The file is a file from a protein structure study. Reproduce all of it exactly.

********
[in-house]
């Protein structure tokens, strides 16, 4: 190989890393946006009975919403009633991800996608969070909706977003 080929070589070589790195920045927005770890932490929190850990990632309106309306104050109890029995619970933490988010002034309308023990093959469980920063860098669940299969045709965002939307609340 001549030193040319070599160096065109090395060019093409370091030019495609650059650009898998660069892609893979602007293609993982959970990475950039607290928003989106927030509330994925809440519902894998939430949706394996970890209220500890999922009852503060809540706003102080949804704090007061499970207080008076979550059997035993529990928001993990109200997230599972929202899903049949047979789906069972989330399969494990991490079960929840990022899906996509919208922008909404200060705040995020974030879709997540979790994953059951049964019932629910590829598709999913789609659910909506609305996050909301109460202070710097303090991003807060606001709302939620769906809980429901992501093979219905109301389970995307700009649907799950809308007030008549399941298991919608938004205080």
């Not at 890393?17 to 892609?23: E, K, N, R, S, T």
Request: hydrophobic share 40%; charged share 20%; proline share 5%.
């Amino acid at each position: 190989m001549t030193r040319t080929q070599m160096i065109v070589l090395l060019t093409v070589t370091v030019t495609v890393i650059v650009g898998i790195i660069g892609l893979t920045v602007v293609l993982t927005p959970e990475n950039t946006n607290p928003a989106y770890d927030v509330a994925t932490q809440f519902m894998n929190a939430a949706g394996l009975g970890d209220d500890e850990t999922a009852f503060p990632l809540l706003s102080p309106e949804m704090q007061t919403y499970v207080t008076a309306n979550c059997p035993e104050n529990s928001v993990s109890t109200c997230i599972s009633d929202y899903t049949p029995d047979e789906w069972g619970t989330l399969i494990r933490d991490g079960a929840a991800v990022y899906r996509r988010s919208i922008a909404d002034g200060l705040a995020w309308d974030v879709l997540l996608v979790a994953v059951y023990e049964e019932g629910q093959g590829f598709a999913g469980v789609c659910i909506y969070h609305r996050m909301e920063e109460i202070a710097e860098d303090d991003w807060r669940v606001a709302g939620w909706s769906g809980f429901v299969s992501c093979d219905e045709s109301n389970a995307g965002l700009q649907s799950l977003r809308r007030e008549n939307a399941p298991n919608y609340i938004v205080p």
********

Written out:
[in-house]
């Protein structure tokens, strides 16, 4: 190989890393946006009975919403009633991800996608969070909706977003 080929070589070589790195920045927005770890932490929190850990990632309106309306104050109890029995619970933490988010002034309308023990093959469980920063860098669940299969045709965002939307609340 001549030193040319070599160096065109090395060019093409370091030019495609650059650009898998660069892609893979602007293609993982959970990475950039607290928003989106927030509330994925809440519902894998939430949706394996970890209220500890999922009852503060809540706003102080949804704090007061499970207080008076979550059997035993529990928001993990109200997230599972929202899903049949047979789906069972989330399969494990991490079960929840990022899906996509919208922008909404200060705040995020974030879709997540979790994953059951049964019932629910590829598709999913789609659910909506609305996050909301109460202070710097303090991003807060606001709302939620769906809980429901992501093979219905109301389970995307700009649907799950809308007030008549399941298991919608938004205080």
């Not at 890393?17 to 892609?23: E, K, N, R, S, T």
Request: hydrophobic share 40%; charged share 20%; proline share 5%.
């Amino acid at each position: 190989m001549t030193r040319t080929q070599m160096i065109v070589l090395l060019t093409v070589t370091v030019t495609v890393i650059v650009g898998i790195i660069g892609l893979t920045v602007v293609l993982t927005p959970e990475n950039t946006n607290p928003a989106y770890d927030v509330a994925t932490q809440f519902m894998n929190a939430a949706g394996l009975g970890d209220d500890e850990t999922a009852f503060p990632l809540l706003s102080p309106e949804m704090q007061t919403y499970v207080t008076a309306n979550c059997p035993e104050n529990s928001v993990s109890t109200c997230i599972s009633d929202y899903t049949p029995d047979e789906w069972g619970t989330l399969i494990r933490d991490g079960a929840a991800v990022y899906r996509r988010s919208i922008a909404d002034g200060l705040a995020w309308d974030v879709l997540l996608v979790a994953v059951y023990e049964e019932g629910q093959g590829f598709a999913g469980v789609c659910i909506y969070h609305r996050m909301e920063e109460i202070a710097e860098d303090d991003w807060r669940v606001a709302g939620w909706s769906g809980f429901v299969s992501c093979d219905e045709s109301n389970a995307g965002l700009q649907s799950l977003r809308r007030e008549n939307a399941p298991n919608y609340i938004v205080p």